– The grandmother is still a force to be reckoned with as she takes the step to take Dawan to meet Noi. And in the end she is the one who convinces Dawan to accept the scholarship. When her father gives permission, it gives Dawan that thrust that she needs to go to the city. The family acts as a support for everyone is times of trouble. People survive their problems better when there is a strong family foundation behind them.
Victimization/Abuse of power
– In the village, the poor people who work hard on their farms are victimized by the landowners who take the sacks of rice as their tax. There is very little chance of escape from this feudalistic system.
– Even the army officer takes money from Ghan so that he will not have to be enlisted in the army.
– It is the same in the city where the bosses take the hard-earned money of the workers.
– The grip of the big, powerful man on the poor worker is harsh and vicious.
– Vichai hits his sister when he finds that she has not taken money for freeing the birds. That is abuse at the family level. Victimization goes on at many different levels and only education or strong governmental action can break this evil cycle.
1. Enthusiastic and vibrant, she is full of teenage energy in wanting to grasp at life.
2. She shares a special relationship with her brother and both are keen to further their studies. But as a girl, she knows that her opportunities are less and accepts that too.
3. Sees social injustice and is angry that the landlord gets to collect the rice as a tax when the poor villagers had worked hard to cultivate it. She wishes to correct the system.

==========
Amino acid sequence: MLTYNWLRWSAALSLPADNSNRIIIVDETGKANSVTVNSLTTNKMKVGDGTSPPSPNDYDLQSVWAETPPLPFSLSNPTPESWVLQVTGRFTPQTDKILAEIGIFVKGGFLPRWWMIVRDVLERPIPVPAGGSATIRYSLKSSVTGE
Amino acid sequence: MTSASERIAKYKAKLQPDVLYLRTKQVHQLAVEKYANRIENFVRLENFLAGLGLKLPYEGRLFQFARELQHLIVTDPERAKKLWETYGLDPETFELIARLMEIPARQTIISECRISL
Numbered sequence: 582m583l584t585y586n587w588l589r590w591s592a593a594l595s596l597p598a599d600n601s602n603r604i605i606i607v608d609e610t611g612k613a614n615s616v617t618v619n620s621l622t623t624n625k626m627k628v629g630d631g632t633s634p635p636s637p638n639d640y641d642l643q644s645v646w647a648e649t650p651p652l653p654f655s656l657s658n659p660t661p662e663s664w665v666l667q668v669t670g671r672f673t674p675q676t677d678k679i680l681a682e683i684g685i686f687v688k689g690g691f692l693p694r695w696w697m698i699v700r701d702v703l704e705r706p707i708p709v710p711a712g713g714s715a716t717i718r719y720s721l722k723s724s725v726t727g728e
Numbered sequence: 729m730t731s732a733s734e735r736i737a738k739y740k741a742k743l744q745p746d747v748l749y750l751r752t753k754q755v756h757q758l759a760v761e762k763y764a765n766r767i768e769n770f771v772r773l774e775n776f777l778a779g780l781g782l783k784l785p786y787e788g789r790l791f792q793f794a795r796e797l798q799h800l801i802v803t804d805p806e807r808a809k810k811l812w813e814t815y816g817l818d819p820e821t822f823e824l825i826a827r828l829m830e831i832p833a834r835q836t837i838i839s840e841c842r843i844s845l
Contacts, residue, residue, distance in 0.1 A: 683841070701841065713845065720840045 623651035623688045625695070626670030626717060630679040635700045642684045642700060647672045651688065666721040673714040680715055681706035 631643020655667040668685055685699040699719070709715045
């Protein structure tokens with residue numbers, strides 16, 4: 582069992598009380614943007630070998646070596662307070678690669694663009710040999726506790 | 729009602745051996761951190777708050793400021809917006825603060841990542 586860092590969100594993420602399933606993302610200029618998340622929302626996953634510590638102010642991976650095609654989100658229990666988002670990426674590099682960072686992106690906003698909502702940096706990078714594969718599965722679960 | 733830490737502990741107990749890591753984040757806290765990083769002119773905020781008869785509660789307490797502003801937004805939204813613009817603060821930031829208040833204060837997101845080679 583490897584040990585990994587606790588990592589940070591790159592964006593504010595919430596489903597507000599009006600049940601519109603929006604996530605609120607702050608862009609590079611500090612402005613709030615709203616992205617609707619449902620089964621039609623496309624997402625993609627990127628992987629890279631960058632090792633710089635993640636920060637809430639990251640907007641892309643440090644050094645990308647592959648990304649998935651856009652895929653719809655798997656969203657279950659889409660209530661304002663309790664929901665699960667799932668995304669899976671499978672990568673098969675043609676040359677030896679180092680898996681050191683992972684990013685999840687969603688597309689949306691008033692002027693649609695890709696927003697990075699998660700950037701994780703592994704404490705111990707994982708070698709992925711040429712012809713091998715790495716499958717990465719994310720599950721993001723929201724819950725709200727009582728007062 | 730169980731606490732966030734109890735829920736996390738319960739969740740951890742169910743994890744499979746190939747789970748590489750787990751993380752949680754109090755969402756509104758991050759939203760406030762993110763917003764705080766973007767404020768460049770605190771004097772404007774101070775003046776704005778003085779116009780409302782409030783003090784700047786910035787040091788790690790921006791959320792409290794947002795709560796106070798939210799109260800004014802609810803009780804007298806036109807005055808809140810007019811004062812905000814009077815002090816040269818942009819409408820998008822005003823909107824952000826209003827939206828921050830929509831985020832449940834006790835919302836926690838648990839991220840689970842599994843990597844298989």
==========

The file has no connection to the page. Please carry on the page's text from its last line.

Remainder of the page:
4. Wins the scholarship but is in a fix as her brother is keen to study too.
5. Very proactive and persistent, she seeks support from many people to convince her father to let her go.
6. She is very brave, stands up for Bao when Vicha hits her.
7. Courageous enough to speak up to her own brother to make him realise about her dreams and win his support.
8. She is happy when her father allows her to go and her brother says he won’t stand in her way – and is happy to see her brother waving to her when she leaves.
9. Caring and knows that she will miss her family and the village when she leaves.
10. Loves her family and wants their support and cooperation.
1. Kwai is the younger brother of Dawan and he wins the second place in the scholarship list.
2. He has a good relationship with his sister and enjoys watching the sunrise with her.
3. Dawan was given a chance to study because he spoke to his father into letting her go to school. He is farsighted.
4. He has some ideas about what he will do to improve life in the village.
5. He is tough and can be aggressive. He is very disappointed that he didn’t get the scholarship and is unable to be happy for his sister at first.
6. He acts selfishly and turns away from her.
7. He goes to defend Bao when Vichai hits her.
8. He is brave but he gets an earful from Bao for being selfish and not letting Dawan accept the scholarship.
9. He pushes Dawan in the scuffle with Bao and she hurts her ankle and bleeds. He tries to help her too when he sees her in pain. He cares for his sister and his family.
10. He is willing to change as he allows his sister to pursue her studies. Sits on the same old bridge and watches her leave.
1. He is a good teacher who stimulates his class with discussions of relevant topics. He provokes thought and encourages students to give their opinions. He wants them to help the community and gets their views on what is harmful and how changes will help.
2. He pretends to teach from the book when the headmaster comes by but what he discussed with the students earlier is also important and he shouldn’t worry that it is not from his text.
3. He cares about his students.
1. She is very supportive of Dawan and is the only person to express her pride in what her grandchild has achieved.
2. She strongly believes in what she does and decides to take Dawan to meet Noi, the cousin. The three kilometer walk is no problem for her.
3. But she is happy when her daughter decides to take Dawan and she can stay back to look after the grandson at home. After all that is the role of the mother.
1. He is fixed in his views – follows the old mindset in thinking that girls need not be educated.